Economic Development

Boise Hawks

A new stadium proposed for the outskirts of downtown Boise is gaining momentum; developers say the project could generate $200 million-worth of growth in the area.

The tentative deal between developer Greenstone Properties and St. Luke’s Health System would transform 11 acres around Americana Boulevard and Shoreline Drive into a venue that would house Boise’s minor league baseball team, the Hawks, and service other local sports.

Four acres would be set aside for the stadium, while the remaining 7 acres would be used for residential, office and parking space.

Today we’re continuing our timely conversation with author Jacob S. Hacker about the changing dynamics between the public and private sectors in driving economic growth, and how those changes are impacting our politics, culture and prosperity.

Mr. Hacker is a professor of political science at Yale University and the co-author of a new book, American Amnesia: How the War on Government Led Us to Forget What Made America Prosper.  He wrote this book with his colleague, Paul Pierson, who is at the University of California, Berkeley.

The belief that with hard work, prosperity and success are open to everyone, is at the heart of our national identity. Yet, according to today’s guest, Robert Putnam, the gap between those who have the chance to forge a better future, and those who are being left behind, is getting wider. As a result “our kids,” America’s poorest among them, are experiencing a transformation of American society that comes at a cost to every one of us.

A Boise-based construction supply and services company says it's moving its headquarters to Atlanta because it wants access to a larger population and better airline service.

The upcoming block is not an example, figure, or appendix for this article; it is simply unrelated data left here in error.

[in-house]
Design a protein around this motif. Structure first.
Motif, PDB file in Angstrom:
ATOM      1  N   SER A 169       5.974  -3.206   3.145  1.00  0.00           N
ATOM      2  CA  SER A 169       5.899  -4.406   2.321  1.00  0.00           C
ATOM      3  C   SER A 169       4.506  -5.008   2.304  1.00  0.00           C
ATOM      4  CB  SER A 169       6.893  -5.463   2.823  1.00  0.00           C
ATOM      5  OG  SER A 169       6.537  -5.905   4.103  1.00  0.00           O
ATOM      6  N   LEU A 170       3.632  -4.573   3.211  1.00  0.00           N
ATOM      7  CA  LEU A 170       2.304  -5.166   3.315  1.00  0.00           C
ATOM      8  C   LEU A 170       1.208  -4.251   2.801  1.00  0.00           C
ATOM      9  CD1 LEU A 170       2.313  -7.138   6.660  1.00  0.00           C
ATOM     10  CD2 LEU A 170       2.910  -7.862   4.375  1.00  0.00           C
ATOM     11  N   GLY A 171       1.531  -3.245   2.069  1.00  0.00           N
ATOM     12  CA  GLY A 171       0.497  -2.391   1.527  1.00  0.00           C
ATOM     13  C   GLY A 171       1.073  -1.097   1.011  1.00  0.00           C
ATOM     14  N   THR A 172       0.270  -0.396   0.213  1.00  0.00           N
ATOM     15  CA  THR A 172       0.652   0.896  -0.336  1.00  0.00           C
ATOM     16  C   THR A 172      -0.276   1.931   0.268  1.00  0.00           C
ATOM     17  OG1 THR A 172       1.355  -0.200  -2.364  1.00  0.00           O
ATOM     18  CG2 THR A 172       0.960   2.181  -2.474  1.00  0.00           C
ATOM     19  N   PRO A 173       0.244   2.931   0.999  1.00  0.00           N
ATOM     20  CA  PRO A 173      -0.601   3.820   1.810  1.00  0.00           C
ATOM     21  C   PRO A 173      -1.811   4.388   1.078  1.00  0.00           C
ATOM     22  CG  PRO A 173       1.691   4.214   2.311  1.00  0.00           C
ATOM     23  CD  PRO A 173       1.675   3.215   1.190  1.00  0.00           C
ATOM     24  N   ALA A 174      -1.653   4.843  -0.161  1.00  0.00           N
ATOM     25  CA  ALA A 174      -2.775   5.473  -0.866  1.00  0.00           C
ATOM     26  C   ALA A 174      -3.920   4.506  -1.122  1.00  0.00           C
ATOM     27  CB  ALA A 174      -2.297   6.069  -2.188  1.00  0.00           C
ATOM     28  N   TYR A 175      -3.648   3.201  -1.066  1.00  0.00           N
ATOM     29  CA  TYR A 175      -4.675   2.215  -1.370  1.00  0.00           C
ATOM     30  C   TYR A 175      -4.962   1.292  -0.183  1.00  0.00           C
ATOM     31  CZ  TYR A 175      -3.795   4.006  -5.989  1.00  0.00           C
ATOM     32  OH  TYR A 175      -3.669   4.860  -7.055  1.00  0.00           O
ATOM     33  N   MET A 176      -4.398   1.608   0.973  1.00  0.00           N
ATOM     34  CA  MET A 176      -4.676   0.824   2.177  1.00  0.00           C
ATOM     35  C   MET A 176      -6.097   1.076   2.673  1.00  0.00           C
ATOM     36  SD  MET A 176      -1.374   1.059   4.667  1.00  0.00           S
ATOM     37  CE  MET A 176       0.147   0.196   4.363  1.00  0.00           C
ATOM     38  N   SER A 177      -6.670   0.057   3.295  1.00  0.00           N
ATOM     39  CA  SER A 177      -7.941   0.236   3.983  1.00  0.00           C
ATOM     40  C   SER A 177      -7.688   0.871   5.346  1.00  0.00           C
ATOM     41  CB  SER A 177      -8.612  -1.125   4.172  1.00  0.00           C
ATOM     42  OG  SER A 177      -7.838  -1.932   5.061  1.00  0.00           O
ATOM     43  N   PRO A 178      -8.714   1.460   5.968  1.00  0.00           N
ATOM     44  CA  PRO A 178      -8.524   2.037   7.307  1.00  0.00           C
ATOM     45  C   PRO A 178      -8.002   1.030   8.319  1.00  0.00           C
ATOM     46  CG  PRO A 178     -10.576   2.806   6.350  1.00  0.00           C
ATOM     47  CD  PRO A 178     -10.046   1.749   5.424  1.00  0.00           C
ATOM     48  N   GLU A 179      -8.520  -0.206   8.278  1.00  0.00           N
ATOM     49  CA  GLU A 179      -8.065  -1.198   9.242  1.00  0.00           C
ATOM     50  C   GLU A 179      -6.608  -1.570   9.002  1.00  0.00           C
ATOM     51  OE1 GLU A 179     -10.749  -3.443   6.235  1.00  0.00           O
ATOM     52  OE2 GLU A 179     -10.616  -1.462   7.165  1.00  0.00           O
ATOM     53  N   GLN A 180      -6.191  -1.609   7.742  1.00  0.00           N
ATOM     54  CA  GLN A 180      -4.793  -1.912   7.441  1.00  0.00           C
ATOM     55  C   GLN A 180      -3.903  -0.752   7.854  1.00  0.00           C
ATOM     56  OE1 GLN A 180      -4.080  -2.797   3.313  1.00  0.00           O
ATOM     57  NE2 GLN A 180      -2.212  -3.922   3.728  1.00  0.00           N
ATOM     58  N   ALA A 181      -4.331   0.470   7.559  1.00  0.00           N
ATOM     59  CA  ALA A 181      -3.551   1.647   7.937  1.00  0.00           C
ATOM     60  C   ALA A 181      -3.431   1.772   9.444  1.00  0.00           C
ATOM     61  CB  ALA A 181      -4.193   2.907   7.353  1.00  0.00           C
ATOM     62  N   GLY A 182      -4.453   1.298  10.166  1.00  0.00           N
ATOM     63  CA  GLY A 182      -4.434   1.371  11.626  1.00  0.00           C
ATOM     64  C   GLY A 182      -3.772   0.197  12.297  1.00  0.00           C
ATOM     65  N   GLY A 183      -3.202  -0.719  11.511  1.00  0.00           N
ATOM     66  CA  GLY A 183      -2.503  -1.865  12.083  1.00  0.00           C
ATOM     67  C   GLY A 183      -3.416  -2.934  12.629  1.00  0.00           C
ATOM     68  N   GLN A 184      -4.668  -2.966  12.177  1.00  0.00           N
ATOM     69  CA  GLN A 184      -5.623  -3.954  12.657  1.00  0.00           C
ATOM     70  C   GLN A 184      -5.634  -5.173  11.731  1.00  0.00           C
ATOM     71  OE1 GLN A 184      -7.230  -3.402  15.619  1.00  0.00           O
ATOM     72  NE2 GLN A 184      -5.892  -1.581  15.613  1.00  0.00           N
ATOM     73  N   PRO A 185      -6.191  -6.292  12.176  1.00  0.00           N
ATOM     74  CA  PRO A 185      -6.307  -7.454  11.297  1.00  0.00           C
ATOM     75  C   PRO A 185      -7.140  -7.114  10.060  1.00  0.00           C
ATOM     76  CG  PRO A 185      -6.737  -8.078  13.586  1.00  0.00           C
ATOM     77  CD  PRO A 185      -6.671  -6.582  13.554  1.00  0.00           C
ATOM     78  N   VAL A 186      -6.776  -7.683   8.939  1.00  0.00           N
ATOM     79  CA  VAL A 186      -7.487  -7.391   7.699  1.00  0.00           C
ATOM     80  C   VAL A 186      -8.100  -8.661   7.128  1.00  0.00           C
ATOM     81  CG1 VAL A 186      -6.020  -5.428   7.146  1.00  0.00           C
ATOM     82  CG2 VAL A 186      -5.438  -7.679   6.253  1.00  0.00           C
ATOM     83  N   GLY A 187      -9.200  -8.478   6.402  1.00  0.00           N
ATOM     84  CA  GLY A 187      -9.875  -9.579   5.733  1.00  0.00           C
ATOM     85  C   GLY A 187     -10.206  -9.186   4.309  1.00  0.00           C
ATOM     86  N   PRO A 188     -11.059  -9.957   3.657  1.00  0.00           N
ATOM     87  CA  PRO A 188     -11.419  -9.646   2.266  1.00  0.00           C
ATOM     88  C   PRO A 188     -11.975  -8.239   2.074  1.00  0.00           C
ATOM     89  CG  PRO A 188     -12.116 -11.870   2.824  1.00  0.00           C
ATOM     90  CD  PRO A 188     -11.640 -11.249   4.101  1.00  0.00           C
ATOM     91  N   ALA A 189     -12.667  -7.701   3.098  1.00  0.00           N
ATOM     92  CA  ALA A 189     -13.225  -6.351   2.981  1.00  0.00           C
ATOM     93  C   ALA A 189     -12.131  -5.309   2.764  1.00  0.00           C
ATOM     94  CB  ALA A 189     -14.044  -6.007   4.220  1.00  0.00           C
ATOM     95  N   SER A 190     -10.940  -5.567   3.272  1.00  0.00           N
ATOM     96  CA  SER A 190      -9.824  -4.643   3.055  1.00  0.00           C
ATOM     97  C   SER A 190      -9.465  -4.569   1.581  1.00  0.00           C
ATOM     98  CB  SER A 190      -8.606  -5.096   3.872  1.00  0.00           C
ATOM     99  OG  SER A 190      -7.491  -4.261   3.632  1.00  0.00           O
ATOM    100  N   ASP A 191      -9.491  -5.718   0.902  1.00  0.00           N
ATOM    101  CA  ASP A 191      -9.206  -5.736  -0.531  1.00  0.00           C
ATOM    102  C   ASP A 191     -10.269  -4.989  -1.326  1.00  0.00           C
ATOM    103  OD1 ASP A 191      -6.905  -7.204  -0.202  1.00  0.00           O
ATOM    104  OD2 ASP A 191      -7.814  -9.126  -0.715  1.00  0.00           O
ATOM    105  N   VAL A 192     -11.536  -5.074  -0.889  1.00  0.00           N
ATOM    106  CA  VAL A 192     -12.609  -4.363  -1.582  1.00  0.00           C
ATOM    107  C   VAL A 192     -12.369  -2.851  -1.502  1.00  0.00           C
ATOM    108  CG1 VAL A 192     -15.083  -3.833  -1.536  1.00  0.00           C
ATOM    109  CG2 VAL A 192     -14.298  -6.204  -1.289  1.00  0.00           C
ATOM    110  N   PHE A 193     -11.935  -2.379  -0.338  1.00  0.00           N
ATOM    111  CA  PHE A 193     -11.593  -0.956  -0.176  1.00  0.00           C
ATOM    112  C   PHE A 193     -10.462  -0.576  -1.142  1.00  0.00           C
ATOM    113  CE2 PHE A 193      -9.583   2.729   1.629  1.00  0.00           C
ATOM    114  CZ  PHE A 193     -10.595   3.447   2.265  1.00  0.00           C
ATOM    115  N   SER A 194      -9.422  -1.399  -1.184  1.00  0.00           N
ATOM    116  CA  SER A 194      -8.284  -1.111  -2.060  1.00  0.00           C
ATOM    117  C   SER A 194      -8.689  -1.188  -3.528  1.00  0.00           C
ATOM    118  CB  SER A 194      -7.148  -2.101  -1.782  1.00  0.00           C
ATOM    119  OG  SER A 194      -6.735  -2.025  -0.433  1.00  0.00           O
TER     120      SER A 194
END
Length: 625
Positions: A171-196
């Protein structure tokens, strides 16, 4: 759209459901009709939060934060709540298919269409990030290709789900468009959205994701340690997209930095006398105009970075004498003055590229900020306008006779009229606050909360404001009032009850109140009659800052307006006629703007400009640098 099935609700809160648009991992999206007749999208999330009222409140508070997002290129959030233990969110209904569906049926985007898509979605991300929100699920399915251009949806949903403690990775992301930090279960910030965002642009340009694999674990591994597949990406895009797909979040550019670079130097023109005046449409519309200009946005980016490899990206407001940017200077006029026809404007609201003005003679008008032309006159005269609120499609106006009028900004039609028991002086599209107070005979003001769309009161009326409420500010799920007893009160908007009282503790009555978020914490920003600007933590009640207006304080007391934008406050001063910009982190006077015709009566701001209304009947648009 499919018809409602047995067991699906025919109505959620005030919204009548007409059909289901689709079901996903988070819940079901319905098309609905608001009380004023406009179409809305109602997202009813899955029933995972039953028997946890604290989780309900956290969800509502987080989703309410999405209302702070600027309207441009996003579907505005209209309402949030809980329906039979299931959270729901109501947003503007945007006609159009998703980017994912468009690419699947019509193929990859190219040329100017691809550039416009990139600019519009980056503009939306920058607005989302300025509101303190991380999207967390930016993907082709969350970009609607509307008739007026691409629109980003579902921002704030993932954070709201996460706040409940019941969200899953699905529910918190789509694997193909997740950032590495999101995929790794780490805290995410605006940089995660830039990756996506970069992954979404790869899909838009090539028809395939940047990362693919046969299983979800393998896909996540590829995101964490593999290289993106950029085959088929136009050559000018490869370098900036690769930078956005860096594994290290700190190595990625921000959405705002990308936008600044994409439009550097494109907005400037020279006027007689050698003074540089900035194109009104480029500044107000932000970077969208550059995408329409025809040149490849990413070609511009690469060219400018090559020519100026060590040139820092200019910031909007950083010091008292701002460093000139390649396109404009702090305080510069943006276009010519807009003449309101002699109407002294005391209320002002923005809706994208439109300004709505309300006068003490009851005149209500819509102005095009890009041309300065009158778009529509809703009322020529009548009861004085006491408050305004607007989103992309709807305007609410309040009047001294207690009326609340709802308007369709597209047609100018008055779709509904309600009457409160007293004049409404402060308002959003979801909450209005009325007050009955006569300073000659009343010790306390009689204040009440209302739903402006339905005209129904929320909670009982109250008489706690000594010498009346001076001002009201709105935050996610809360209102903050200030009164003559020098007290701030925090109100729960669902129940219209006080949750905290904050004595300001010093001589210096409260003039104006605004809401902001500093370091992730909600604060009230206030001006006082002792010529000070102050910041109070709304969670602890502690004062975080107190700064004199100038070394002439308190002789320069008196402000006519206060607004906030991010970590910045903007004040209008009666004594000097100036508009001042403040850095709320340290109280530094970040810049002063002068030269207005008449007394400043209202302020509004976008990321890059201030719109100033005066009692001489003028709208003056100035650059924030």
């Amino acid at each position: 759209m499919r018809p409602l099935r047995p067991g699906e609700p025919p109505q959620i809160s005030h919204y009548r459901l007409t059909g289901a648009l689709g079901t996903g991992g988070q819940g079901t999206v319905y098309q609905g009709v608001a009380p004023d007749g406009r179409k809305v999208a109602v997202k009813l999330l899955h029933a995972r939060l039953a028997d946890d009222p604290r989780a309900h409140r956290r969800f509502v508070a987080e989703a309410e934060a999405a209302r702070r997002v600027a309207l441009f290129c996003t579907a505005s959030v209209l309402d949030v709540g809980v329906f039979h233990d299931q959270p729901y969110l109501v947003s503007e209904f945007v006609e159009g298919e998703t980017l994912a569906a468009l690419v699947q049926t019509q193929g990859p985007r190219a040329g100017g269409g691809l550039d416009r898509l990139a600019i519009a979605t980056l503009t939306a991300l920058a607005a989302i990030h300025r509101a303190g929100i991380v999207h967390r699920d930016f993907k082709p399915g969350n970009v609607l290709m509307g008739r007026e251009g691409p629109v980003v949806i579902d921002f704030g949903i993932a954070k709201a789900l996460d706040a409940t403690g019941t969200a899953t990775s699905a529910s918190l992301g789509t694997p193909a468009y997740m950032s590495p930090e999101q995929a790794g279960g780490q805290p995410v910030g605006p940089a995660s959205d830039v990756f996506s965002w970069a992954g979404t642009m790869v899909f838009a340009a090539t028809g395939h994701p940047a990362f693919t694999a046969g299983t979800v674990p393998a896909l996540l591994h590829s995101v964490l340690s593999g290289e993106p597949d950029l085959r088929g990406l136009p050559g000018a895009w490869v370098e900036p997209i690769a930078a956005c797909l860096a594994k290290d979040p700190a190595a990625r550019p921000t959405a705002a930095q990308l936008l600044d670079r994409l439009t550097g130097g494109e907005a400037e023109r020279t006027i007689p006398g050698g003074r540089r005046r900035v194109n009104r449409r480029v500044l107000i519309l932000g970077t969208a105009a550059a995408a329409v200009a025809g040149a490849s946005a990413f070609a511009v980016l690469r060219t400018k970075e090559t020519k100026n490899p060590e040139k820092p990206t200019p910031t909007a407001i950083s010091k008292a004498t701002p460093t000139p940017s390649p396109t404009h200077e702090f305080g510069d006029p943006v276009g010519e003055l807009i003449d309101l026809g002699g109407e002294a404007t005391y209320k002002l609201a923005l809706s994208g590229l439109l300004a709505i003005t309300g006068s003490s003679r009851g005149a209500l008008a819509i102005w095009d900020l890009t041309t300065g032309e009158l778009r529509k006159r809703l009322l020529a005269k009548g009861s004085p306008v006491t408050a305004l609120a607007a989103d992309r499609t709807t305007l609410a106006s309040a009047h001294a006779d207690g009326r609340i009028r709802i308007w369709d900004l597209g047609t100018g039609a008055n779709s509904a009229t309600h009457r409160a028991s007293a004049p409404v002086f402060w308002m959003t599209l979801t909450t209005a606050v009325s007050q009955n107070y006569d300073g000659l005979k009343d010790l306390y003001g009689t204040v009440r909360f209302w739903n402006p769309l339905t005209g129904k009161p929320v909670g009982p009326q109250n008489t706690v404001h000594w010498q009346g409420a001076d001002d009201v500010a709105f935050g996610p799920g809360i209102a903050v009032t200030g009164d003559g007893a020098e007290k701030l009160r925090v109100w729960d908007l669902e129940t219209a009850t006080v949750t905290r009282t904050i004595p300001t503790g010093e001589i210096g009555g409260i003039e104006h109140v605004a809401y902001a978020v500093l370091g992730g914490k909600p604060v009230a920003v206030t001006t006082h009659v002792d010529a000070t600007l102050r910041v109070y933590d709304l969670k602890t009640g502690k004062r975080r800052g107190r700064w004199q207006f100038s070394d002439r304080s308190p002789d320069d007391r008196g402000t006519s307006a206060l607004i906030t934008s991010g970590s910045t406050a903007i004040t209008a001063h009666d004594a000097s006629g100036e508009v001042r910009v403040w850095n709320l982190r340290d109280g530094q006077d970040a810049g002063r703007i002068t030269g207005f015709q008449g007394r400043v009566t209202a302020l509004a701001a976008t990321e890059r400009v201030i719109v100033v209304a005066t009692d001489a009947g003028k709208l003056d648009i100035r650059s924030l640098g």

Butch Otter
State of Idaho

 Idaho Gov. C.L. "Butch" Otter is launching an initiative he says will boost economic development using planning collaboration but not much spending.

The governor announced the plan, called Accelerate Idaho, Thursday afternoon. The initiative establishes a checklist of areas needing improvement, including K-12 education, infrastructure and labor shortages in key industries.

Adam Cotterell / Boise State Public Radio

Food maker Clif Bar plans to build a $160 million baking facility in Twin Falls. The California-based company says it will employ 250 people and begin production in late 2016.

City manager Travis Rothweiler says the impact of Clif Bar coming to town will be huge. He's excited about the new jobs, and he thinks Clif Bar will be an excellent corporate citizen. Rothweiler says the company treats employees well and likes to be involved in communities where it operates.

Fork, Brickyard, Berryhill – these are some of the restaurants Cece Gassner says have asked the city of Boise for permission to hire valets to park cars. Boise’s City Council takes a first look Tuesday at an ordinance to govern valet parking downtown. Gassner is an economic development assistant to Boise’s mayor. She says Boise wants to establish some ground rules.

Transform Solar

Every state, including Idaho, offers tax breaks, grants or subsidies to businesses in hopes of spurring economic development.

But the states vary widely in terms of what they do when a company doesn’t create as many jobs as it agreed to, or otherwise follow through with its end of the incentive bargain.